Saturday, June 25, 2016

It's not's just for now

I am stopping for awhile.

But, it's not forever -- it's just for now.

I keep a running tab of all of the classes and webinars that I attend and listen to.  I also keep a list of all of the classes and webinars that I present.  
Peggy presenting at the OGS Conference in Sandusky, Ohio -- 2015.
It was just last November that I began to assemble the list into its final form.  I do this so that when I am applying for my renewal for Accreditation through ICAPGEN, I can show that I am keeping myself active and current.  As I tallied the list for 2015, I counted up 62 presentations that I have given in that year alone.

That is not counting webinars.

And, it's also not 62 different trips.  Sometimes I am at a venue for an entire day or more, and there may be several presentations.  All in all, they added up to 62.

And, I'm a bit tired.

After talking it over with Mr. Kerry, I decided to fulfill all of my commitments up through the end of June 2016.  Then, I'm done for the year.  There are actually still a couple of webinars, and a local presentation, plus one in Kentucky.  Those presentations are completed, and I will revamp them leading up to the date.  That won't take long.

So today, I gave my last presentation for awhile.  It was at The Ohio Genealogical Society, which I love and live close to.

For the next six months, I am going to concentrate on me.  I have unfinished projects that need to completed.  Those are difficult to do when I'm in constant preparation and heading out the door.  

I am also going to refresh some of the 30+ presentations that I have listed on my website, and work on the 9-10 I have in various phases of completion.  They need some work, too. 

Now, I'm not out of the picture.  I will continue to be very active on Facebook, and listening to webinars and online learning any way that I can.  I must do this, for I want to keep my mind active and learning for as long as I can.

I will come rolling back in 2017 stronger and rested up, for I have already booked well into that year, plus a couple into 2018.

Now, please don't worry about me.  There is nothing wrong with me -- I am simply recharging myself.  And, I'm grateful I am able to do this, for we still have Mr. Kerry's pension coming in.  Last year alone, I doubled our income.  

So, as of today, I'm putting my feet up, not wondering which city I'm waking up in, eating food from my own kitchen, and getting ready to do some fixing-up around here.  It needs it.

I'll be back!  I promise!!  And if a local society really needs a presentation, I can probably be talked into it.  We'll see.

Love to you all...
Peggy wearing her dad's fishing hat.
After he died, I pulled all of the fishhooks out of it, cleaned it up, and glued a flower on it.
It's my very favorite hat!

Monday, June 20, 2016

Don't Forget Me!

Several years ago, my sister Betty found a death certificate on FamilySearch that she had not been aware of before.  It was a death certificate for her mother-in-law's little sister, who was born at 5 1/2 months into her mother's pregnancy, and died the same day.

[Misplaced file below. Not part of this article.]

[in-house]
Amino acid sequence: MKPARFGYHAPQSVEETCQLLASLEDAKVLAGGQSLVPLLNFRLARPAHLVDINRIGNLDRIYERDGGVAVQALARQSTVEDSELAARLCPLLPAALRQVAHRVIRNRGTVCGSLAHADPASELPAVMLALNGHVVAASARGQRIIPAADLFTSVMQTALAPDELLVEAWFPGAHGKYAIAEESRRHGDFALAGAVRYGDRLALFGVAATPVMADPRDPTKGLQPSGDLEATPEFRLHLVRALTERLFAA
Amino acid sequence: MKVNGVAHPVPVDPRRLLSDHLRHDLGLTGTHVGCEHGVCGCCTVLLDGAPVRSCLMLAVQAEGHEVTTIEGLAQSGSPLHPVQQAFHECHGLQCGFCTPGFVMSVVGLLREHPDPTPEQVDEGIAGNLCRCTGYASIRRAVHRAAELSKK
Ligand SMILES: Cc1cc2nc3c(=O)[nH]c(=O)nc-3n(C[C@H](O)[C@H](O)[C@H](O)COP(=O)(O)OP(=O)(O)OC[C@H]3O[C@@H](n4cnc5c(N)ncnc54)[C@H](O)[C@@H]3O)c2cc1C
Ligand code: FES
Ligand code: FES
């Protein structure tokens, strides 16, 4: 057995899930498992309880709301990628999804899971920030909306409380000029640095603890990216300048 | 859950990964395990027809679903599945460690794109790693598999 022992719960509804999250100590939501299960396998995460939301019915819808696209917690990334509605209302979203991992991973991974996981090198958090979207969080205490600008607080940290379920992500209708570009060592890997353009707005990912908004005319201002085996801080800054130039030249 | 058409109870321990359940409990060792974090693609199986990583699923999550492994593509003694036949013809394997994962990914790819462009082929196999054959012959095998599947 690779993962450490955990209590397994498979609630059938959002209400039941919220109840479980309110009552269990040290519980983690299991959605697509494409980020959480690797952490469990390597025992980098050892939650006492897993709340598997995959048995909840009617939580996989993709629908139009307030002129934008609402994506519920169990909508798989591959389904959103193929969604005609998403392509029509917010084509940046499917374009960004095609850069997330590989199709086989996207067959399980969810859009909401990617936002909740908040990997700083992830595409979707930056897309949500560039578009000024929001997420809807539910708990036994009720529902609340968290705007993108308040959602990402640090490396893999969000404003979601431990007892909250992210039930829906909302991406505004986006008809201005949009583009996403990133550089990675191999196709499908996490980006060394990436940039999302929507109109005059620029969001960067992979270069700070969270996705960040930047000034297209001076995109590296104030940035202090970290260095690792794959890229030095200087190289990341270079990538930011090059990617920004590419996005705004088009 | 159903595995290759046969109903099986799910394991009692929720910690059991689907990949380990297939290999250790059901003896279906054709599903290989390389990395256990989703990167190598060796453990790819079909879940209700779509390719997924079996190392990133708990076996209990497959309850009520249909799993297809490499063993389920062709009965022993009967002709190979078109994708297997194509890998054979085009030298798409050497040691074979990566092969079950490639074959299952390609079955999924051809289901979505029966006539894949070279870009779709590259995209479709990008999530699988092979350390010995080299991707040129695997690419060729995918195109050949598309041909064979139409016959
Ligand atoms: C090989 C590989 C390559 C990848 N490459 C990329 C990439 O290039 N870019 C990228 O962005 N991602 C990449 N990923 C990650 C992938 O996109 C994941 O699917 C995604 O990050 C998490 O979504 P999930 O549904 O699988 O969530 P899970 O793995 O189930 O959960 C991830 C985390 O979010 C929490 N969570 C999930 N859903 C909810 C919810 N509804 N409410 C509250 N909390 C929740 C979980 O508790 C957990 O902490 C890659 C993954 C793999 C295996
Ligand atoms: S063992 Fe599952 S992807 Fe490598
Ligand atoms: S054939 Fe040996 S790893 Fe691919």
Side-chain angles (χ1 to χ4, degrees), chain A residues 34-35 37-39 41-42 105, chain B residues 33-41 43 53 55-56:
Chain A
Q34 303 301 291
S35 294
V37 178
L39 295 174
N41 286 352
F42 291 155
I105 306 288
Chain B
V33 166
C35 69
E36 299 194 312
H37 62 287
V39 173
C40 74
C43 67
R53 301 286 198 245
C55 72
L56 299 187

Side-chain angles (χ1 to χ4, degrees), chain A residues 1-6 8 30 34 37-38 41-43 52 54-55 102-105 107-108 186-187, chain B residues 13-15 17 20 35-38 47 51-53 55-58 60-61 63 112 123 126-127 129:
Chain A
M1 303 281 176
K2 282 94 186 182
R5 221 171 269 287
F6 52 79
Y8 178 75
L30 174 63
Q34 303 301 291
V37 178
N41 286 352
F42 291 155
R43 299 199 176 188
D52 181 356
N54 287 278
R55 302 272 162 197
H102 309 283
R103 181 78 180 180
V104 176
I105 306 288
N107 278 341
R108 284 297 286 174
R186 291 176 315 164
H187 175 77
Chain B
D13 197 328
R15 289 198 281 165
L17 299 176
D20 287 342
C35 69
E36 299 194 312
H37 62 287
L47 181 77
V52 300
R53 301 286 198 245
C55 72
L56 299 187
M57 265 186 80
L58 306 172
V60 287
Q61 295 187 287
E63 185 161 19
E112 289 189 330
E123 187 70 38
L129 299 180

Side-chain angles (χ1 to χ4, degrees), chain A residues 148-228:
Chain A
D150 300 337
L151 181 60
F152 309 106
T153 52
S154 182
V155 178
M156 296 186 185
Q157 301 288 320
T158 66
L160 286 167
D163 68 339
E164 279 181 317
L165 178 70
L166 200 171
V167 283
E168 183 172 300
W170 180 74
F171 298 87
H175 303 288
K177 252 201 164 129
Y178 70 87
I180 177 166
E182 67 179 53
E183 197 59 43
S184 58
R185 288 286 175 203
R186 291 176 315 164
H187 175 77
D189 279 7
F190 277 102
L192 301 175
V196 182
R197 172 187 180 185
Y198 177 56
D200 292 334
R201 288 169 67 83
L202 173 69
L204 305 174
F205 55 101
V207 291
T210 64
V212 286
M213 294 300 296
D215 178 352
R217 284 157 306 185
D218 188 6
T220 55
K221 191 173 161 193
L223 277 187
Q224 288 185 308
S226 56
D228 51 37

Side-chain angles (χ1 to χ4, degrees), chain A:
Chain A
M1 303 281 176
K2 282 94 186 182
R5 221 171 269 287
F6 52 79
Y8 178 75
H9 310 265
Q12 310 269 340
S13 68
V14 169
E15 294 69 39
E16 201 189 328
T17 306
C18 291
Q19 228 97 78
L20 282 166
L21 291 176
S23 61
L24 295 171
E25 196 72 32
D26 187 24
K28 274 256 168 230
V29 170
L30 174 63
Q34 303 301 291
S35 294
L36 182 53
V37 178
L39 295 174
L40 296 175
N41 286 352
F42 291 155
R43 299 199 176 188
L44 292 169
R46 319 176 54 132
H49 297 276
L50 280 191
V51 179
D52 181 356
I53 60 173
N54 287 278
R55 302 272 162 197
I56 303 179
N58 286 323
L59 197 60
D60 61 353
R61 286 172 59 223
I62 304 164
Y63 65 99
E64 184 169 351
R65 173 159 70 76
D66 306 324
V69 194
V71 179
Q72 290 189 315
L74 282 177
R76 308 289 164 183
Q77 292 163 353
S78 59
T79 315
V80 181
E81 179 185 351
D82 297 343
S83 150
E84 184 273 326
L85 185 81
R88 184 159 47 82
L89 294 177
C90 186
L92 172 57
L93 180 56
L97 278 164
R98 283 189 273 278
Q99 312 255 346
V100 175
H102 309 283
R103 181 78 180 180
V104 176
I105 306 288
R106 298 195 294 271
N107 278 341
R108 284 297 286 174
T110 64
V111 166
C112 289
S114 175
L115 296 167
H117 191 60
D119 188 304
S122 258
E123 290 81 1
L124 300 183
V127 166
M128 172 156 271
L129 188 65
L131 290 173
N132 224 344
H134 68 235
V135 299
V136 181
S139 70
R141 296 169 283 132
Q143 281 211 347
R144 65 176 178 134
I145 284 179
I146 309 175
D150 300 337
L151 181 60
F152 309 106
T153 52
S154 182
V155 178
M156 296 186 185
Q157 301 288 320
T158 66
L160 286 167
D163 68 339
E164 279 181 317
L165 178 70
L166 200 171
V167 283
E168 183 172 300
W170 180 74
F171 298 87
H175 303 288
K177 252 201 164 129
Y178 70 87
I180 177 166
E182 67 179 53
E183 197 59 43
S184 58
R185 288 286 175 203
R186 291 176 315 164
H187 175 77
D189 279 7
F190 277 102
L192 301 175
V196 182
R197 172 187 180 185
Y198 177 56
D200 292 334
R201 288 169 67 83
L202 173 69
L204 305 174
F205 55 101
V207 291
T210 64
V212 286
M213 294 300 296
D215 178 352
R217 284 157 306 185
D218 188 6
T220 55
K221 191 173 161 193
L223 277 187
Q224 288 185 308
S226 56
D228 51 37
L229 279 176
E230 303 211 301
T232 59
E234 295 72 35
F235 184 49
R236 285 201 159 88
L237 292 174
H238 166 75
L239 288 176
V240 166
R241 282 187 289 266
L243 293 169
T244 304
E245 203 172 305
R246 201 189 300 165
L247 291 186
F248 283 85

"Ohio Deaths, 1908-1953," database with images, FamilySearch ( : 21 May 2014), 1911 > 33211-35940 > image 2018 of 3256.

Betty kept asking me to help her get it into the computer and onto FamilySearch, but time kept slipping away.  It turned into a "one of these days things".  I was partly at fault, for this was my brother-in-law's family, and it wasn't at the top of my list of things to do.

Then, my brother-in-law passed away in Oct 2015.  

Sister Betty became immersed in all that is required around the death of a spouse, but continually kept running across this certificate.  One evening, she called me and asked me to help her again.  I responded, "Let's do it right now!"

Me:  Where did you find the certificate?
Betty:  On FamilySearch
Me:  What name is it listed under?
Betty:  Baby Schueneman
Me:  What year did this happen?
Betty:  1911

That was all I needed at the time to arm myself for a search.  And, I found the certificate in no time.
"Ohio Deaths, 1908-1953," database with images, FamilySearch ( : 21 May 2014), 1911 > 33211-35940 > image 2019 of 3256.
Or, so I thought.  

Because of the advent of modern technology, we have the capability to magnify and enlarge our screen images.  I saw a word after the cause of death that "looked" like it said "twin".  
I quickly called Betty, and told her to get her hard copy of the certificate out, along with her magnifying glass.  I waited while she located them, then told her to look very carefully at the copy that she had.
There was no question that these were two separate and distinct certificates, with Baby Schueneman's certificate numbers being 34908 and 34909.  And, until it was enlarged, I actually thought the word in parenthesis was "Irwin".